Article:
A Shining Success! (23:40)
When David started working at Immunocore about 8 months ago, he asked to see the translational biomarker data they had generated for their for their potential immunotherapy treatment for melanoma of the eye. There were a lot of data and many samples from patients collected before and after treatment that were just beginning to be analyzed. This was really exciting because David had spent 18 years working on biomarkers, mechanisms of action, and analysis of patient samples. In his time working on immunotherapies, David had seen many changes in cytokines and T cells after patients received immunotherapy, but he had never been able to link these changes to important outcomes like survival and tumor shrinkage. With the data collected, David and the team were able to determine a mechanism of action for how changes occurred when their therapeutic was administered. They were also able to take it a step further to show that there was a strong association between these changes and patients’ survival and shrinking of their tumors. This was a thrilling win for the team. They are publishing the data now and are looking forward to designing a follow-up prospective study to confirm their findings.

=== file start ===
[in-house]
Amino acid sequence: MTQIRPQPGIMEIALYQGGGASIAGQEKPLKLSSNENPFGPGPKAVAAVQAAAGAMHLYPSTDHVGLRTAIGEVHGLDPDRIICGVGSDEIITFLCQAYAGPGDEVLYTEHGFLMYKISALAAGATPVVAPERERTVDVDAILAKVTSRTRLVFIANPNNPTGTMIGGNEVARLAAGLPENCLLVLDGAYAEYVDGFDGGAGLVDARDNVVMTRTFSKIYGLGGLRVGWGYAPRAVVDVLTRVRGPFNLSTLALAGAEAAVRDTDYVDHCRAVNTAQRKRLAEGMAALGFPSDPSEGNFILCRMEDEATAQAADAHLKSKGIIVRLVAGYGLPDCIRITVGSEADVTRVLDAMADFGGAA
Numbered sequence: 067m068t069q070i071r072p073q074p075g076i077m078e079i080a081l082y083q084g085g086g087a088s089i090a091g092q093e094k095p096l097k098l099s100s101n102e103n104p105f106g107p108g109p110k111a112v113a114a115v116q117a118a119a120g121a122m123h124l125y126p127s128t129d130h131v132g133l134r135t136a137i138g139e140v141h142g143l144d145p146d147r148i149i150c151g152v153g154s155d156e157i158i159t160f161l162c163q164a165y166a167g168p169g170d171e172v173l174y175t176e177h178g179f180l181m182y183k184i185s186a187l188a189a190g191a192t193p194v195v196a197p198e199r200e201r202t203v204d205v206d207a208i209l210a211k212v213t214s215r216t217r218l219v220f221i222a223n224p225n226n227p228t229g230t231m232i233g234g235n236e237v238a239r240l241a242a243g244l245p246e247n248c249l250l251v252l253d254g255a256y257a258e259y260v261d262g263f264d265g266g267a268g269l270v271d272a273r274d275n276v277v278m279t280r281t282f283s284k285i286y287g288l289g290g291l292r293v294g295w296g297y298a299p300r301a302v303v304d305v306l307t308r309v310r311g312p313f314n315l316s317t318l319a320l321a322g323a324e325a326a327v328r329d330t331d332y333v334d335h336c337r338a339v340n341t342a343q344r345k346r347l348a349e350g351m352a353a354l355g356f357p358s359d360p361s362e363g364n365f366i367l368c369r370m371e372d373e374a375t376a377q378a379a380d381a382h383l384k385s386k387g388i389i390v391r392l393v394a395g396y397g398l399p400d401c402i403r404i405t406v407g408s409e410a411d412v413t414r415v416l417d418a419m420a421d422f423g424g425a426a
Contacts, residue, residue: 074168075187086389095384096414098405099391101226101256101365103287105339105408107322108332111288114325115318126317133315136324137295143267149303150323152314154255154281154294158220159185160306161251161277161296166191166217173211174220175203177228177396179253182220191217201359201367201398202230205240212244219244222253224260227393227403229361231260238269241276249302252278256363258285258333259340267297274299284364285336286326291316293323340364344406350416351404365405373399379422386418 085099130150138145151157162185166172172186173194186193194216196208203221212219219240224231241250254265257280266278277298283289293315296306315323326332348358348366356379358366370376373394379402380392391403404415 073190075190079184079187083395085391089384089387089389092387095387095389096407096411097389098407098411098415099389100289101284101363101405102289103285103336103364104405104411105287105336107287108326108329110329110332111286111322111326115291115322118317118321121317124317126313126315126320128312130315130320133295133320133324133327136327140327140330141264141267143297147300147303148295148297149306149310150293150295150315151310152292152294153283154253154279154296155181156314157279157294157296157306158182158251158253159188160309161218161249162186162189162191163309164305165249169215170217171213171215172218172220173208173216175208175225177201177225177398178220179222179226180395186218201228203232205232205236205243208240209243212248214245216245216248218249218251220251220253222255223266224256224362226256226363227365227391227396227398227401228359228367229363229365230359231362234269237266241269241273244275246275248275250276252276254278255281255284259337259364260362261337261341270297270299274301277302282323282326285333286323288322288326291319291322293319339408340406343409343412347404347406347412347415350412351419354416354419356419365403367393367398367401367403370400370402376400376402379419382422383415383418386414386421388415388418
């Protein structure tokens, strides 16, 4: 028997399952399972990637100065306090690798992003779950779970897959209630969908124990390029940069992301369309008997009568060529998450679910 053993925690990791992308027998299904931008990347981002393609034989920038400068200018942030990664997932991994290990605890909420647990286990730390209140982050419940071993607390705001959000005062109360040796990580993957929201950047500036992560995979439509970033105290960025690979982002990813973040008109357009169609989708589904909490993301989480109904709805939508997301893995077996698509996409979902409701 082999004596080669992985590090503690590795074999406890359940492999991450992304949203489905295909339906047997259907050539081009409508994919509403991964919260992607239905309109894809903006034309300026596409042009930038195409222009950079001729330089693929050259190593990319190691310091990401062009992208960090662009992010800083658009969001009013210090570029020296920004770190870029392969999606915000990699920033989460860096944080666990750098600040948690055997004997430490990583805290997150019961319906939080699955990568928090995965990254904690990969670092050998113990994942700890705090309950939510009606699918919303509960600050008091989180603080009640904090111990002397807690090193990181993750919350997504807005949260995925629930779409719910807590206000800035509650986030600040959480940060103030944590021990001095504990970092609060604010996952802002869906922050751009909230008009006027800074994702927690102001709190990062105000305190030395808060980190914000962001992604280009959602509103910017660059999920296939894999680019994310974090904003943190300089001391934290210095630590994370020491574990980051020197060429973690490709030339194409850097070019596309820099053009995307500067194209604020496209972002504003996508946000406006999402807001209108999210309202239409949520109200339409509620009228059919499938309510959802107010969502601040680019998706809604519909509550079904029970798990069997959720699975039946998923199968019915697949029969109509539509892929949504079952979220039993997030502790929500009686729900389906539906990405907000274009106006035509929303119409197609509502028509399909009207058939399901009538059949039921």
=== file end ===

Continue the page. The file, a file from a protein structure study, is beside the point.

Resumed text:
Book Recommendations (27:24)
Flatland: A Romance of Many Dimensions by Edwin Abbott
Most Treasured Travel (30:20)
The city of Oxford in the United Kingdom is home to Immunocore’s company headquarters, and David has been fortunate to visit the city frequently. Oxford is incredibly beautiful and historic. While visiting the old colleges there, you stumble across plaques from the 1500s and 1600s, and there is remarkable scientific history tied to this city. For example, one of the blackboards used by Einstein during a lecture has been preserved for visitors to admire. Chicago is another city that holds many fond memories for David. Every year the American Society of Clinical Oncology (ASCO) holds a conference in Chicago, and it is a wonderful opportunity to catch up with old friends in the field and enjoy excellent scientific discussions.